This white paper introduces new terms, discusses maintenance and configuration issues, new and improved error messages, and I/O enhancements.
After reading this document you will better understand SQL Server I/O needs and capabilities.
This section defines new terms that are used both in this paper and in documents that are referenced by this paper.
Subsystem / Path
The I/O subsystem or path includes those components that are used to support an I/O operation. These include, but are not limited to, the operating system, drivers, disk drives, controller cards, and caches.
Checksum is an error-detection scheme that uses a formulated numeric value to represent a grouping of bits. The same formula is applied to the grouping to verify that the accompanying numeric value is the same. If it is not, the data is considered to be changed or damaged.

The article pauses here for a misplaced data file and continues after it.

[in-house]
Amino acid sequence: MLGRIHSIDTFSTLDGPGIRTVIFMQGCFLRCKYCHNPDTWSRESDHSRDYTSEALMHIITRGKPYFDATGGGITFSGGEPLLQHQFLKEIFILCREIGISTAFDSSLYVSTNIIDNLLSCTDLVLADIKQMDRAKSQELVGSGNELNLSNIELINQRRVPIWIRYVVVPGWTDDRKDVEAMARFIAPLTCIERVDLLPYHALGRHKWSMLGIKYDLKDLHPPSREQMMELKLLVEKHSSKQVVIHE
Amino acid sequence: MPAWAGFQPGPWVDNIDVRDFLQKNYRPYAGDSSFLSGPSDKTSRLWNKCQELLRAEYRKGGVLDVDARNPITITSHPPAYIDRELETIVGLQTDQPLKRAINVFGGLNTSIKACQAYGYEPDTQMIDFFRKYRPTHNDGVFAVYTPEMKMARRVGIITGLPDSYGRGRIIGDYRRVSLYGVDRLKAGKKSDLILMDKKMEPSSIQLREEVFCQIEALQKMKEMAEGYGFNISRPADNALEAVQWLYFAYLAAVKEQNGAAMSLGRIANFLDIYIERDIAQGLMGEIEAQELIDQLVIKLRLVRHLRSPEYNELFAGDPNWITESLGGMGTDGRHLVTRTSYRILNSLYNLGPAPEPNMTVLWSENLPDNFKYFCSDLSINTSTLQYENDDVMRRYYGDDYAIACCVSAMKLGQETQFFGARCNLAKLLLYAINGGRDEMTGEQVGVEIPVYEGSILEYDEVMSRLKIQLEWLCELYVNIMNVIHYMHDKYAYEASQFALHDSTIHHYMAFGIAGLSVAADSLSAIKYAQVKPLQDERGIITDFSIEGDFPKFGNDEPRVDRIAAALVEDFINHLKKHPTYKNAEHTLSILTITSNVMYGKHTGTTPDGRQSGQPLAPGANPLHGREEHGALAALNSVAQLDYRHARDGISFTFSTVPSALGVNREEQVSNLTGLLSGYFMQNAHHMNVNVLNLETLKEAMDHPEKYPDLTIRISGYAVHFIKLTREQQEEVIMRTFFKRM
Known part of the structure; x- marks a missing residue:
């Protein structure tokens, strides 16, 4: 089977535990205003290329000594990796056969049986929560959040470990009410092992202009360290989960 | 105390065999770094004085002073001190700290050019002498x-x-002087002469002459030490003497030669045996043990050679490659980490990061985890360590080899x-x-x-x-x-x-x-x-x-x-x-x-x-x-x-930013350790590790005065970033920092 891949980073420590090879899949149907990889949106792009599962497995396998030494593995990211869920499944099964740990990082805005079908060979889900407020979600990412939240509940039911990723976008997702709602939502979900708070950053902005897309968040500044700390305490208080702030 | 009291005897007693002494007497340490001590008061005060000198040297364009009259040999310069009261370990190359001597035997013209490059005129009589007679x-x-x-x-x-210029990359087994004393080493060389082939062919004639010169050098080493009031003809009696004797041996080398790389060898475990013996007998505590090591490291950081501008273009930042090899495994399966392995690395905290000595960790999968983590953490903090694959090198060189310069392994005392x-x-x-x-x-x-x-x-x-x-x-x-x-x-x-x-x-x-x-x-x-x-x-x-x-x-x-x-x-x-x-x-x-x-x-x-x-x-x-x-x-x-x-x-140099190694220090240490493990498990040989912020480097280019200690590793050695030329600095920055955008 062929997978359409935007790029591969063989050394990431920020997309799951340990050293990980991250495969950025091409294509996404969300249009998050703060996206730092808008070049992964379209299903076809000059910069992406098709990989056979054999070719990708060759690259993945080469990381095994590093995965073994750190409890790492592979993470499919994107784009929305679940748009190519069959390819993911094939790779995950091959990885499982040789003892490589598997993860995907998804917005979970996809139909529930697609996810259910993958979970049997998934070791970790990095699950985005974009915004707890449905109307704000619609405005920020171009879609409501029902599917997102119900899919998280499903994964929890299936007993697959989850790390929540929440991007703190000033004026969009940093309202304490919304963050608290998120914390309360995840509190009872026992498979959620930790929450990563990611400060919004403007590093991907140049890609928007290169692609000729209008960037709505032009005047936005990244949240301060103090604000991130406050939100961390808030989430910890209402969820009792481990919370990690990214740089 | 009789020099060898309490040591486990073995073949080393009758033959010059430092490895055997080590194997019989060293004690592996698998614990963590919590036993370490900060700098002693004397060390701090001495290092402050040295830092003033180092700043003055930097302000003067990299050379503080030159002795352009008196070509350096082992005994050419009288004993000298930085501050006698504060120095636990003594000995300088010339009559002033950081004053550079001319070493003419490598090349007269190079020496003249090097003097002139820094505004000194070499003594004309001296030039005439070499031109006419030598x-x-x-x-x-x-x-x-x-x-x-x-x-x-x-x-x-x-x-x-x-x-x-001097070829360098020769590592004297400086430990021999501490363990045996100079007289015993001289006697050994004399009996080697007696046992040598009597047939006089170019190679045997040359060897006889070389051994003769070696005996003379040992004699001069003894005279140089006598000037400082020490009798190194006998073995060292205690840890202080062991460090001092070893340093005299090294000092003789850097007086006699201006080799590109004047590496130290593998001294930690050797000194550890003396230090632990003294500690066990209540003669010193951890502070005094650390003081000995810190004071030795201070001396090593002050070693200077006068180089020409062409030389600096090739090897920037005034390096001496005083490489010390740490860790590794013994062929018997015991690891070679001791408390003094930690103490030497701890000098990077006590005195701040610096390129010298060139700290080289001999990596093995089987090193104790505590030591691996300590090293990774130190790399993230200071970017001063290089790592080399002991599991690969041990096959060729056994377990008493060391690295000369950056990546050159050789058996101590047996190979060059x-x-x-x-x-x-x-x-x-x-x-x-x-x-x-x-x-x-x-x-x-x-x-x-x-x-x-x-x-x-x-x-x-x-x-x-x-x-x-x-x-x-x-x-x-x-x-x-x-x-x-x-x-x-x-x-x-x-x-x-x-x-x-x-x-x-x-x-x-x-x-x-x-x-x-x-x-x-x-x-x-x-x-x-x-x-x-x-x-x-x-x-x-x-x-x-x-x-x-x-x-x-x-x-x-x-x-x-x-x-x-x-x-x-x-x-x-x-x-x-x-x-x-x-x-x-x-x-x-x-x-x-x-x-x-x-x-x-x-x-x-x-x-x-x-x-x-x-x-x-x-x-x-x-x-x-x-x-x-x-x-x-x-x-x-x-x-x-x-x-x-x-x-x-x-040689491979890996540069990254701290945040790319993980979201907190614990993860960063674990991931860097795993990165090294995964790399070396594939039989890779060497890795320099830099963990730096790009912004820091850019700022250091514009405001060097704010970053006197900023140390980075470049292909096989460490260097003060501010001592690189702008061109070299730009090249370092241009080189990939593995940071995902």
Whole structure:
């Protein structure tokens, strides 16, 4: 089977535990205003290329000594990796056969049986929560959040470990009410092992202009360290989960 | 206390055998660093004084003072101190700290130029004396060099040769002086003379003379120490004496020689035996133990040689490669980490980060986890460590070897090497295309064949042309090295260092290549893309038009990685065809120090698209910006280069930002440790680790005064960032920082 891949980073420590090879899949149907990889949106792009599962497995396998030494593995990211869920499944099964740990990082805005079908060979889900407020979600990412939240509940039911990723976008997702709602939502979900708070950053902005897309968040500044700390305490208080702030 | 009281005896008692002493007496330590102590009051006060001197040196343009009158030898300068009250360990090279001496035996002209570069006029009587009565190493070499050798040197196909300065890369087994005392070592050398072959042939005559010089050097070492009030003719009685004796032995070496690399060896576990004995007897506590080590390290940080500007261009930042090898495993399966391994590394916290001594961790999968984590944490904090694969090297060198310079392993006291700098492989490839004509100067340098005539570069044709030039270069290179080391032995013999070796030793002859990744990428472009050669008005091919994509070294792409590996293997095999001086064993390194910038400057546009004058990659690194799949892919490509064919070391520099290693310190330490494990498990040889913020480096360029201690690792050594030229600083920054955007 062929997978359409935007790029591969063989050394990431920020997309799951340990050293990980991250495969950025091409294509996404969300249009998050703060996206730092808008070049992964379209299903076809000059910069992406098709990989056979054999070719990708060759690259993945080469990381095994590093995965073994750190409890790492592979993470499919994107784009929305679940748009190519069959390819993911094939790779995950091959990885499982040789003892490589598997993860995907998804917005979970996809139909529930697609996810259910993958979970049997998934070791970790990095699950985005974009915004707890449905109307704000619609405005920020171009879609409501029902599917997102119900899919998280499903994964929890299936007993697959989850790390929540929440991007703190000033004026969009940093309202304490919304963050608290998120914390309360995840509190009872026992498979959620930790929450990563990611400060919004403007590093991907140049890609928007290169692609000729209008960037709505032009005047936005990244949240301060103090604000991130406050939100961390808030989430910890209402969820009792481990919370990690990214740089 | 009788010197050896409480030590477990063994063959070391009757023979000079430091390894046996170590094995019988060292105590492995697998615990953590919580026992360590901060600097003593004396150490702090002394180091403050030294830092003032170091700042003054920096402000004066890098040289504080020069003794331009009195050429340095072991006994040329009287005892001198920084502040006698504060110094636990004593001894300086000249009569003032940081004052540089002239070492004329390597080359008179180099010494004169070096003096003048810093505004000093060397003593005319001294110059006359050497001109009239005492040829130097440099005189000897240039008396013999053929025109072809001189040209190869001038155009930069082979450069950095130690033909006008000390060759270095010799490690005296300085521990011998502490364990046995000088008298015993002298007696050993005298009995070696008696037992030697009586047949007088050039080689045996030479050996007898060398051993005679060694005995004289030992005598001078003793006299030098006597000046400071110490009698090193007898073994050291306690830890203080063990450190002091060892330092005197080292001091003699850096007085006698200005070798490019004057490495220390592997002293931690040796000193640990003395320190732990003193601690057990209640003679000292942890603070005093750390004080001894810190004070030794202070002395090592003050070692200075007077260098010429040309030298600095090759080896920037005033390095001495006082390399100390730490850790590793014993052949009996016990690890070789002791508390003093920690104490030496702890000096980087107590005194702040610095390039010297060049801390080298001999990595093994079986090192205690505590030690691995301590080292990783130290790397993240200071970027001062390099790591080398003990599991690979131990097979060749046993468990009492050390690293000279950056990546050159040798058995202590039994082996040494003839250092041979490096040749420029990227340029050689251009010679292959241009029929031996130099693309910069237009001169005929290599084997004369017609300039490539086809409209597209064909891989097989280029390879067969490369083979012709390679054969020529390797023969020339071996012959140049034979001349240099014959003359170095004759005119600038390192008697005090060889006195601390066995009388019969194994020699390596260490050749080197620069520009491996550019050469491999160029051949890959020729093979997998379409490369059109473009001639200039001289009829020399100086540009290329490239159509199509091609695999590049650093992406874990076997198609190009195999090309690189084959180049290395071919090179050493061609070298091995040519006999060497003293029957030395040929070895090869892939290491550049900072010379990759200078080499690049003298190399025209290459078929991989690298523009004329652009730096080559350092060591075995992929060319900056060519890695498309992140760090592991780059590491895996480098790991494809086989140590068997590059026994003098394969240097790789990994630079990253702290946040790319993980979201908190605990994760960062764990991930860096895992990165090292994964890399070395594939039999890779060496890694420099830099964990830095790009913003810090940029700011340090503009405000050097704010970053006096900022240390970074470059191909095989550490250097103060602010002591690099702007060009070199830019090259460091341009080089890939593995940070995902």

In other words, a formula is applied to a given set of bytes. The same formula can later be used to examine the data for damage.
As a simple example, take the following 2-byte string value of “AB” and apply a formula to it (Value = Position + ASCII value). Checksum is the sum of the values.
Now assume that the string was stored on disk but when read back it was “AC”.
Comparing the checksum values indicates that the values do not match and damage has occurred to the data.
Clearly this simple example would not handle a change of the string to “BA.” However, the routines that are used by SQL Server and Microsoft Exchange are more sophisticated and detect position reversal as a damaged data error condition.
When a read from stable media returns an error, the read operation is tried again. Under certain conditions, issuing the same read returns the correct data. This is a serious I/O subsystem problem that should be addressed immediately to avoid SQL Server and overall system stability problems and data loss. Obtain assistance from your I/O vendor if you encounter retries.
DBCC Page Auditing